The passing of the current constitution in 2010 ushered Kenya into a new system of governance, replacing the old centralised system with a new devolved system of governance. The new system consists of a national government and 47 county governments.
The creation of devolved units of government means that services and self- governance have been brought closer to the people. However, for citizens to effectively engage with the county governments, they need to understand the structure of the county government and the role and functions created under this new system. This article aims to look at the county structures and the roles thereof.
The Governor is elected directly by the registered voters in a county on the day of the general elections (Article 180(1) of the Constitution of Constitution of Kenya. The county governor and the deputy governor are the chief executive and the deputy chief executive of the county (article 179(4).
When the county governor is absent, the deputy governor shall act as the county governor. The Governor and the deputy are also part of the county executive committee which is established in Article 179(2) (a).
The legislative authority of a county is vested in, and exercised by its county assembly (Article 185 of the Constitution of Kenya 2010 (CoK). A county assembly may make any laws that are necessary for, incidental to, the effective performance of the functions and exercise of the powers of the county government under the Fourth Schedule.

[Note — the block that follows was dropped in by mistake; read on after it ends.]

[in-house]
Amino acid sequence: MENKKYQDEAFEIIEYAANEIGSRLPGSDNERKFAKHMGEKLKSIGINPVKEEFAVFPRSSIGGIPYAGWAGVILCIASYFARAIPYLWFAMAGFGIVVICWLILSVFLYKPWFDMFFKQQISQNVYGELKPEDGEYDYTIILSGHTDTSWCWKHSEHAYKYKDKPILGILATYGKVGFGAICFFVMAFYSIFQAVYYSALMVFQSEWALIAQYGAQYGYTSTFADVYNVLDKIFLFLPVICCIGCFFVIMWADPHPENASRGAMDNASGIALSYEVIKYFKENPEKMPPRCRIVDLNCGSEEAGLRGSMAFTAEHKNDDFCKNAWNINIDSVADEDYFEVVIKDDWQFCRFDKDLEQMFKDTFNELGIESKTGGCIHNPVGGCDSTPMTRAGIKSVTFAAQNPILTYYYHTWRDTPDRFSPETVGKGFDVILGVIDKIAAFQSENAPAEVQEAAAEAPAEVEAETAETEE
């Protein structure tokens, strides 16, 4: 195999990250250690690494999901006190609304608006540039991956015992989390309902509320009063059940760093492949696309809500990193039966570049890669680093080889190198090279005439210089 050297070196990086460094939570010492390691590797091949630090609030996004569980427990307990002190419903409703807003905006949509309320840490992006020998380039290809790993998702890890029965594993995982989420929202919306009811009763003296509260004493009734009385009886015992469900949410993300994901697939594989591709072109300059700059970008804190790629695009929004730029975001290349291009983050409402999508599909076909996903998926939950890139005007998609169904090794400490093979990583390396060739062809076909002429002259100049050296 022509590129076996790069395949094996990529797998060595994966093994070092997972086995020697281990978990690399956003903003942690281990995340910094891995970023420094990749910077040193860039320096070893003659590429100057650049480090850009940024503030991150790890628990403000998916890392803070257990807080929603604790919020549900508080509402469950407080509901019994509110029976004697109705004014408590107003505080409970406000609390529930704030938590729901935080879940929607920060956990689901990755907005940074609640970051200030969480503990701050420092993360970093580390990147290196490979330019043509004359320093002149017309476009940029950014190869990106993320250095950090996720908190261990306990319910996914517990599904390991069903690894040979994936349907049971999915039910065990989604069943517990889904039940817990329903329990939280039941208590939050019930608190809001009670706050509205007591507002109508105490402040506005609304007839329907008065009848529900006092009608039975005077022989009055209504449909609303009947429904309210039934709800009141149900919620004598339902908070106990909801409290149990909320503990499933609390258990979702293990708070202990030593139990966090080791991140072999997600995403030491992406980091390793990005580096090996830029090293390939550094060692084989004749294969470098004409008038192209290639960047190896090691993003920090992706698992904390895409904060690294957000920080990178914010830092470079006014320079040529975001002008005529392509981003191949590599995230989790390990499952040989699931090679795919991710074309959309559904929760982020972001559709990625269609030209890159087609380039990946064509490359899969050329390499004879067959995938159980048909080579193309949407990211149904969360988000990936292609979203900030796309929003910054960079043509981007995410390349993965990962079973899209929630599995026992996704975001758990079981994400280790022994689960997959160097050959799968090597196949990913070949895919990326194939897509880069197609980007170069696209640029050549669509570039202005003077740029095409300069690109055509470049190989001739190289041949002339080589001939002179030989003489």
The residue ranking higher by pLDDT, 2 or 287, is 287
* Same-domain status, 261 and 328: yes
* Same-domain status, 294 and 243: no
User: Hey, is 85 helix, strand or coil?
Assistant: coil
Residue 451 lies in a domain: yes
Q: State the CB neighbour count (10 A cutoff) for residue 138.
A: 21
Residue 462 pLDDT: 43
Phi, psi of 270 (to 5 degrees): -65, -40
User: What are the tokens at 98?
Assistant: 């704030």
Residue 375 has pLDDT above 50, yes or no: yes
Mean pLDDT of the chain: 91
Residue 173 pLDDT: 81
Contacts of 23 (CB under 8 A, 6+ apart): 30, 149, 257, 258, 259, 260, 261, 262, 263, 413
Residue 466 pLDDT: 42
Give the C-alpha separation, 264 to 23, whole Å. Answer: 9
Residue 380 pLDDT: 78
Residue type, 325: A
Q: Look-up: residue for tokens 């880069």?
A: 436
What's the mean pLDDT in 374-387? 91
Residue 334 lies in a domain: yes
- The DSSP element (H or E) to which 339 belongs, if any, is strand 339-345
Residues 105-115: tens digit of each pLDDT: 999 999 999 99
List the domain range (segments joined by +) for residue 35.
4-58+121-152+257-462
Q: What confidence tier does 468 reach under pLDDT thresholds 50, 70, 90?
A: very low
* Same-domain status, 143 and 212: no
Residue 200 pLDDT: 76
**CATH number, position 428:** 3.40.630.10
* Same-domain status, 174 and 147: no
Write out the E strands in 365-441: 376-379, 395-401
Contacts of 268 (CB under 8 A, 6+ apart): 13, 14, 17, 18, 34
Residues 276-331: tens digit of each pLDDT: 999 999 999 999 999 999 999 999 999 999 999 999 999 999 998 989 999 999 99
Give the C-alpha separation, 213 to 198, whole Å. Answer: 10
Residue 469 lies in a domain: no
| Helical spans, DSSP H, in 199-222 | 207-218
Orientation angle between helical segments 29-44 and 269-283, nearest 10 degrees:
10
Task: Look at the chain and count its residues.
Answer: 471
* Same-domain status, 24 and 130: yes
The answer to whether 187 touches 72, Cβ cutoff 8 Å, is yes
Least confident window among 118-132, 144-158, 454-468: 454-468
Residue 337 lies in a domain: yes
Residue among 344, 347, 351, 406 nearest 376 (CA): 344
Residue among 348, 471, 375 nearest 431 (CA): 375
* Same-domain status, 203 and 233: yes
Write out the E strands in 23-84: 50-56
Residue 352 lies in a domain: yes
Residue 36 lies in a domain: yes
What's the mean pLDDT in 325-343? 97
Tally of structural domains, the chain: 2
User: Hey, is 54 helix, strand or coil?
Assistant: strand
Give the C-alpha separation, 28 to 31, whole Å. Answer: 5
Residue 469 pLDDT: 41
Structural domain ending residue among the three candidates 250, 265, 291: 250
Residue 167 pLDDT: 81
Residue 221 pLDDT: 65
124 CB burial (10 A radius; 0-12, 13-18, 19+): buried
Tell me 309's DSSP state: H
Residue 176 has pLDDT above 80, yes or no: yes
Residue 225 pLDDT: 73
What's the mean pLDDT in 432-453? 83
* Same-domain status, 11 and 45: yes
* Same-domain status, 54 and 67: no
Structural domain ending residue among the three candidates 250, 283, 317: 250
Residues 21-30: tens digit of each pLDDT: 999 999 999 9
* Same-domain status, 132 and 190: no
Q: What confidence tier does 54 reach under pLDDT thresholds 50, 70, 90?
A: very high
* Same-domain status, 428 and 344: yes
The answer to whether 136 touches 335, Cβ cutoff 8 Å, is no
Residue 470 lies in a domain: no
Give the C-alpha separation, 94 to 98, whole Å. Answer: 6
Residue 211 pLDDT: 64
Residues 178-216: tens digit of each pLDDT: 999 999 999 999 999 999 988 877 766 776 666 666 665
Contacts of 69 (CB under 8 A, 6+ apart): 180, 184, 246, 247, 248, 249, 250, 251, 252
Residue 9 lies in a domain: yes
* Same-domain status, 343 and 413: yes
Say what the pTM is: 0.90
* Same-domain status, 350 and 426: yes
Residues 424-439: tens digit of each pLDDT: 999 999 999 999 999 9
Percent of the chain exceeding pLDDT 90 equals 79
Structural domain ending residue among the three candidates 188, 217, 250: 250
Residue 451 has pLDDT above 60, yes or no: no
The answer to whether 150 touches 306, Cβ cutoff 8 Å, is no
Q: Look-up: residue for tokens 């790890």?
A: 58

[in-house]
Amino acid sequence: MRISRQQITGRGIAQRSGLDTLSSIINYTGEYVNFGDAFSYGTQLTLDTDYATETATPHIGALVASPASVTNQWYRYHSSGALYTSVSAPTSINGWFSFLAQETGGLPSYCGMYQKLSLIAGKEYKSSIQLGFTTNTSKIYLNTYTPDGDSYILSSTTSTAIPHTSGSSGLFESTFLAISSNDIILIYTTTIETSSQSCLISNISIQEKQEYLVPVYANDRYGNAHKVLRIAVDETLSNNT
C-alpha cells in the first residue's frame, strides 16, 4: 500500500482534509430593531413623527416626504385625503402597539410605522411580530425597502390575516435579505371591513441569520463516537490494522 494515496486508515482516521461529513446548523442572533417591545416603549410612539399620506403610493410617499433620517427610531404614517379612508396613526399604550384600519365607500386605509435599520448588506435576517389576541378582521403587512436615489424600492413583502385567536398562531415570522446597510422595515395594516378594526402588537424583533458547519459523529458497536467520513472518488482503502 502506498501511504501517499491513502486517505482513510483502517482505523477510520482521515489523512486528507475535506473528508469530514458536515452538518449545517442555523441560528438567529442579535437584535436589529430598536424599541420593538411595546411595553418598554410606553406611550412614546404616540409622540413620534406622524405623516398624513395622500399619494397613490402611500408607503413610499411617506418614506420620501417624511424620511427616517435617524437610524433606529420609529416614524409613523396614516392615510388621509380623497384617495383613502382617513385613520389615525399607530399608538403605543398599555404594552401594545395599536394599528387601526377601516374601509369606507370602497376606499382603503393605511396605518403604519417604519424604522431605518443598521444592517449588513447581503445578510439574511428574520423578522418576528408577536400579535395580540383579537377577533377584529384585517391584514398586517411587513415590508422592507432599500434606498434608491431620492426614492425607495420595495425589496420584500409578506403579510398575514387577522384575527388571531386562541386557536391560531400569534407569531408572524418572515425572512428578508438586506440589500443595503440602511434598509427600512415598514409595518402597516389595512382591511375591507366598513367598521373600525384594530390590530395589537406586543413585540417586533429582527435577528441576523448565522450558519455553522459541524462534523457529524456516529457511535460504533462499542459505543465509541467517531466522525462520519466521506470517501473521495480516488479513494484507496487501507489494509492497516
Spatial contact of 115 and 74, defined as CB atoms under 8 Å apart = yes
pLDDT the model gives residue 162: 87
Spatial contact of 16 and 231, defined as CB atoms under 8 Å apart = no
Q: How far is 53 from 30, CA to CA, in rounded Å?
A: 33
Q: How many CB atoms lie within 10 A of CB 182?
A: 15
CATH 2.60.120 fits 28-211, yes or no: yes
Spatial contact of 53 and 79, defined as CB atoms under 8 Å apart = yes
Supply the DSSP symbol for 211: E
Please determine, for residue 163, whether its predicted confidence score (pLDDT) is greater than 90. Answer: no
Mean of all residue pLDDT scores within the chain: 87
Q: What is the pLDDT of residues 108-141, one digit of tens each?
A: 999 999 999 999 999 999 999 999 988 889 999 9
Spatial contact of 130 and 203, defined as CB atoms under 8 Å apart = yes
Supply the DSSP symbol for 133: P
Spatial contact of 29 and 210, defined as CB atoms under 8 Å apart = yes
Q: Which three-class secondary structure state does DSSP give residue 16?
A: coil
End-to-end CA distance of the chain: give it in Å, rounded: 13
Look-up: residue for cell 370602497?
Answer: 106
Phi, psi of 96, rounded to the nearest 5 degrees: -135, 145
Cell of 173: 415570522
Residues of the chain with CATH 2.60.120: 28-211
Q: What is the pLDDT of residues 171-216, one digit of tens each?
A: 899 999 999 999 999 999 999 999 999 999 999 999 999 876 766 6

The Parliament of Kenya consists of the National Assembly and the Senate and is established in Article 93 of the Constitution of Kenya 2010 (CoK). A Senator is elected by the registered voters of the counties or nominated by political parties according to their proportion of members of the Senate elected (Article 98(1) (CoK).
The County Public Service Board is established in Section 57 and 58 of the County Government Act. The County Public Service Board comprises the following:
a) A chairperson nominated and appointed by the county governor with the approval of the county assembly;
b) Not less than three but not more than five other members nominated and appointed by the county governor, with the approval of the county assembly; and
c) A certified public secretary of good professional standing nominated and appointed by the governor, with the approval of the county assembly, who shall be the secretary to the board.
The County Governments Act (CGA Section 48-53) has established decentralised units for the delivery of services at the counties. These decentralised units are as follows:
1. Office of the sub-county administrator
These offices are in charge of the sub-counties equivalent to the constituencies within the county as established under Article 89 of the Constitution of Kenya (CoK).
A study titled ‘Is it my business? A national opinion poll on devolution and governance’ published by Transparency International Kenya in June 2014 indicated that low public awareness and participation are undermining devolution. The poll showed that less than four in every ten Kenyans had heard about public consultation forums, pointing to possible breakdown in communication between county governments and the citizens.